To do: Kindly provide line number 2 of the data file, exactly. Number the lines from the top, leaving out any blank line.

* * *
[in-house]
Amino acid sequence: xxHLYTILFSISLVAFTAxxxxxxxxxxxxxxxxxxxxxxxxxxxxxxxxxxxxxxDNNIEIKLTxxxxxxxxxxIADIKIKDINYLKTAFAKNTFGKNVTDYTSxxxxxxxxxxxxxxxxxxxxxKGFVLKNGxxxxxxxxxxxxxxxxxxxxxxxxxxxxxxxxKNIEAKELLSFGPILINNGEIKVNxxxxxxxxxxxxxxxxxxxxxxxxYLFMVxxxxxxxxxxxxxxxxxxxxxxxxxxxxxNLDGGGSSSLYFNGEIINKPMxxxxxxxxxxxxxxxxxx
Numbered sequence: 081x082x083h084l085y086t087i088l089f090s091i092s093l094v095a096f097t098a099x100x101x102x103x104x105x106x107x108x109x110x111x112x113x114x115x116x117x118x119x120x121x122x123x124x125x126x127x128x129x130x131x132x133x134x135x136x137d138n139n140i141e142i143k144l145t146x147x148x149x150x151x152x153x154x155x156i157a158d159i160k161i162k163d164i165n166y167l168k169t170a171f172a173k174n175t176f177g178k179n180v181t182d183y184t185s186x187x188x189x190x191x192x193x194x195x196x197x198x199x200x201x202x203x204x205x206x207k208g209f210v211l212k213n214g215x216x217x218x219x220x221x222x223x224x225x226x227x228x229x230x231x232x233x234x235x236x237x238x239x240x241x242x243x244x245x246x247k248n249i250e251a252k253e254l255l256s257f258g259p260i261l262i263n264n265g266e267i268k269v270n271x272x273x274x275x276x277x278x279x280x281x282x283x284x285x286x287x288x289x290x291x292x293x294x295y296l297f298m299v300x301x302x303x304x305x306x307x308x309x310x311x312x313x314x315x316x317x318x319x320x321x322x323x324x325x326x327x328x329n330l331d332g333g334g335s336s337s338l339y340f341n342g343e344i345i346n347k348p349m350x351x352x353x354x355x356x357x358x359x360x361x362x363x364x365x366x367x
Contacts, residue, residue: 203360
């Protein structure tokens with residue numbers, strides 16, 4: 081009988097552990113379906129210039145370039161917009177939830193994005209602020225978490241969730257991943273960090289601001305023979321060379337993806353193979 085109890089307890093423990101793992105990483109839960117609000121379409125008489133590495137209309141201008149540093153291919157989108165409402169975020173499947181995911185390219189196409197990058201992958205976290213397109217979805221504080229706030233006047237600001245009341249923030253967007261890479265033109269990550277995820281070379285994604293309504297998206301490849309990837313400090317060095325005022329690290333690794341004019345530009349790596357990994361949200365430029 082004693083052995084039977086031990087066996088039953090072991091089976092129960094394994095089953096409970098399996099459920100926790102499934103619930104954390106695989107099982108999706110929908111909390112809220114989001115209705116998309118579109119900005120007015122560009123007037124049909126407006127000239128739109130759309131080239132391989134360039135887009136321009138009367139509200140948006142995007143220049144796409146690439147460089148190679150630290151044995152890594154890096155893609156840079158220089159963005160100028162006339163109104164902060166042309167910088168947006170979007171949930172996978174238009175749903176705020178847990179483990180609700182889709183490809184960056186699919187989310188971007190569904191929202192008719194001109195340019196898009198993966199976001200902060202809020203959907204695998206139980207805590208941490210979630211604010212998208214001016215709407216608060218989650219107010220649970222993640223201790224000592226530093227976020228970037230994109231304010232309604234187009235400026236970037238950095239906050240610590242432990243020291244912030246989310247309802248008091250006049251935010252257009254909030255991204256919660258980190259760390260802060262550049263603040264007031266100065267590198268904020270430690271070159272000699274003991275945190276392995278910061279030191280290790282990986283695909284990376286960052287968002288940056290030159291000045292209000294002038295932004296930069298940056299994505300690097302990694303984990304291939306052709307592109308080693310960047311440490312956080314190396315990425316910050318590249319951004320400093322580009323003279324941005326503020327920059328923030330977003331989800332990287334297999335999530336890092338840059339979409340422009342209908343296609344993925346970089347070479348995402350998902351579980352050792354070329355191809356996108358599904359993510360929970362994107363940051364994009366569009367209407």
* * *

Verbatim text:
Amino acid sequence: xxHLYTILFSISLVAFTAxxxxxxxxxxxxxxxxxxxxxxxxxxxxxxxxxxxxxxDNNIEIKLTxxxxxxxxxxIADIKIKDINYLKTAFAKNTFGKNVTDYTSxxxxxxxxxxxxxxxxxxxxxKGFVLKNGxxxxxxxxxxxxxxxxxxxxxxxxxxxxxxxxKNIEAKELLSFGPILINNGEIKVNxxxxxxxxxxxxxxxxxxxxxxxxYLFMVxxxxxxxxxxxxxxxxxxxxxxxxxxxxxNLDGGGSSSLYFNGEIINKPMxxxxxxxxxxxxxxxxxx